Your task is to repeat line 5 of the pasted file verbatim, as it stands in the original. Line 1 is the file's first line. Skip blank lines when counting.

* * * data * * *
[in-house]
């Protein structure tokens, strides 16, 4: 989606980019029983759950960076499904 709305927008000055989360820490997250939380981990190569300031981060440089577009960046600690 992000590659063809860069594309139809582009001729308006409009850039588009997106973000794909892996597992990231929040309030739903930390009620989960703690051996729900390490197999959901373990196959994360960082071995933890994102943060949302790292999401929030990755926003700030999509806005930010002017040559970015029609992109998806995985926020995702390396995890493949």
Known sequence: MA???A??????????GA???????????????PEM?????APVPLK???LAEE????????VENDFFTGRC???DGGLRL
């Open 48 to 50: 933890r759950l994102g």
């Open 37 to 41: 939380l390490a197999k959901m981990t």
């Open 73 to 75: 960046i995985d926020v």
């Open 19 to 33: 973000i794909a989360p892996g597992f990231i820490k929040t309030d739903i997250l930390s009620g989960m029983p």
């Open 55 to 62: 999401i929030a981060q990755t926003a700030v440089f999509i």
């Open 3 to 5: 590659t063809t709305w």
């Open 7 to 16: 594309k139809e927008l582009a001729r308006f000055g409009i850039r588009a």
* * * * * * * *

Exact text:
């Open 37 to 41: 939380l390490a197999k959901m981990t």